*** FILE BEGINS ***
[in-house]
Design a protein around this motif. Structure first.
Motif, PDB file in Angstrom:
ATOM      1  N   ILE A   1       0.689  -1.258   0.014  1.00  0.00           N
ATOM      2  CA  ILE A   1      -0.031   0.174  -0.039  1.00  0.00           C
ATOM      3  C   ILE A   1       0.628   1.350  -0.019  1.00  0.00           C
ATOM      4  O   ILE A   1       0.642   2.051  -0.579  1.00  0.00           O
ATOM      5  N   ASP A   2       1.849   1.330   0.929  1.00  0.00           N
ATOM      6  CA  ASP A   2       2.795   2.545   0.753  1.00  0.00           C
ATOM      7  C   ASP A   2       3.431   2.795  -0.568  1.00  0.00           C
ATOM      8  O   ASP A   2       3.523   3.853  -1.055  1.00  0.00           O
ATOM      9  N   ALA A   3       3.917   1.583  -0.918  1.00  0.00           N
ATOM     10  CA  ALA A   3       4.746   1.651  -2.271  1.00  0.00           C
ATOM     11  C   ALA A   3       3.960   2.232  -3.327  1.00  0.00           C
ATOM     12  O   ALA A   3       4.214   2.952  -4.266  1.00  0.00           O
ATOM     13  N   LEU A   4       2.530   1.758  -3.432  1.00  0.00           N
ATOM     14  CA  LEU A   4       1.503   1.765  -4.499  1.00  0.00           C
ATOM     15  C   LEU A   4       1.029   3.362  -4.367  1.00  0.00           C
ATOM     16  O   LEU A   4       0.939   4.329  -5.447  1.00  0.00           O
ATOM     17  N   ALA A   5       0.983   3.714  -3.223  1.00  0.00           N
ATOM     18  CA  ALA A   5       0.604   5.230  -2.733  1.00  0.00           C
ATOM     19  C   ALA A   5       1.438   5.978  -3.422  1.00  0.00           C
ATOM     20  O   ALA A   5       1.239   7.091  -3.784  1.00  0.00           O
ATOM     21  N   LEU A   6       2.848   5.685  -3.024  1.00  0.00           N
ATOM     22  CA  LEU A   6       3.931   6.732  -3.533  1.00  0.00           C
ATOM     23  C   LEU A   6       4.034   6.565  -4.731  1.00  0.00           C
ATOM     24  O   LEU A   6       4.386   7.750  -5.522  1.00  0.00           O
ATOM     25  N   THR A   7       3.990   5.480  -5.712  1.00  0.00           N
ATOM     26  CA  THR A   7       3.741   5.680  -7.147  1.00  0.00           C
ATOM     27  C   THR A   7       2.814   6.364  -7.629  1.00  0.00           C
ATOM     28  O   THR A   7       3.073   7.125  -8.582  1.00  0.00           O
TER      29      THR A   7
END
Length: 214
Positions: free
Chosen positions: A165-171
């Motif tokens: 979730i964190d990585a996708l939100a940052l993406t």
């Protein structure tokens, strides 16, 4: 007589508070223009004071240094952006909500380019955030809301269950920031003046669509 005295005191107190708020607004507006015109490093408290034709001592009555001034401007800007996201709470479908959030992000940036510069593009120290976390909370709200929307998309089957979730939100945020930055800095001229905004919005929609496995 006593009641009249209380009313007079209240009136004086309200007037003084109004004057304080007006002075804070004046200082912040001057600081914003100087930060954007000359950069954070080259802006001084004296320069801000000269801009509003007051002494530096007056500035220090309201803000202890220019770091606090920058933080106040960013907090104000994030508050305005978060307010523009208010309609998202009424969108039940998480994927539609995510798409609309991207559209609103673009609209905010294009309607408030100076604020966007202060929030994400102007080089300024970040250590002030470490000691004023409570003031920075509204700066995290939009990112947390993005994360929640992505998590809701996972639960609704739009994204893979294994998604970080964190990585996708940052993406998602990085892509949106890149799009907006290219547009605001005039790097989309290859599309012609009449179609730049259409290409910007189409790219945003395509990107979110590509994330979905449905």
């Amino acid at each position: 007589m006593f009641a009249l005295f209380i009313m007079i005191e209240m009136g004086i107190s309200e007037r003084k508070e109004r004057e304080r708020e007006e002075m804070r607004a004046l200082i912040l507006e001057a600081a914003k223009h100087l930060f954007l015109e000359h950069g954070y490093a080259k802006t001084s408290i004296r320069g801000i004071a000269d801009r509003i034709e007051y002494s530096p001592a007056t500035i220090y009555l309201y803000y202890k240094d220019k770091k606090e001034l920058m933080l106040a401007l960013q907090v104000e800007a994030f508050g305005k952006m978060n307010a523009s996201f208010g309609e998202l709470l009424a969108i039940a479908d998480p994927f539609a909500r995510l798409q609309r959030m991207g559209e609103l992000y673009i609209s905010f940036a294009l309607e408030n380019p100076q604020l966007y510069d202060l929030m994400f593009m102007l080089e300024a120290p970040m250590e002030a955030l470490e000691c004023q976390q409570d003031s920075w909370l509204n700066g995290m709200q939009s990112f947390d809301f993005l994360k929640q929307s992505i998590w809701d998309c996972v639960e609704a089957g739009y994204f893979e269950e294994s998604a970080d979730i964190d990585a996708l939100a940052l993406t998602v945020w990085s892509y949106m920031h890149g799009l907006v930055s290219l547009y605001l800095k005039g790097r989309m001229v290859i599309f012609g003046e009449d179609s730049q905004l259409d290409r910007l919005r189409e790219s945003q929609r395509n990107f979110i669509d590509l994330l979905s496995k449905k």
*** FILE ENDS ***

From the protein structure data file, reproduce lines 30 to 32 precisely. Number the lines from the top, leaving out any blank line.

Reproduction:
ATOM     27  C   THR A   7       2.814   6.364  -7.629  1.00  0.00           C
ATOM     28  O   THR A   7       3.073   7.125  -8.582  1.00  0.00           O
TER      29      THR A   7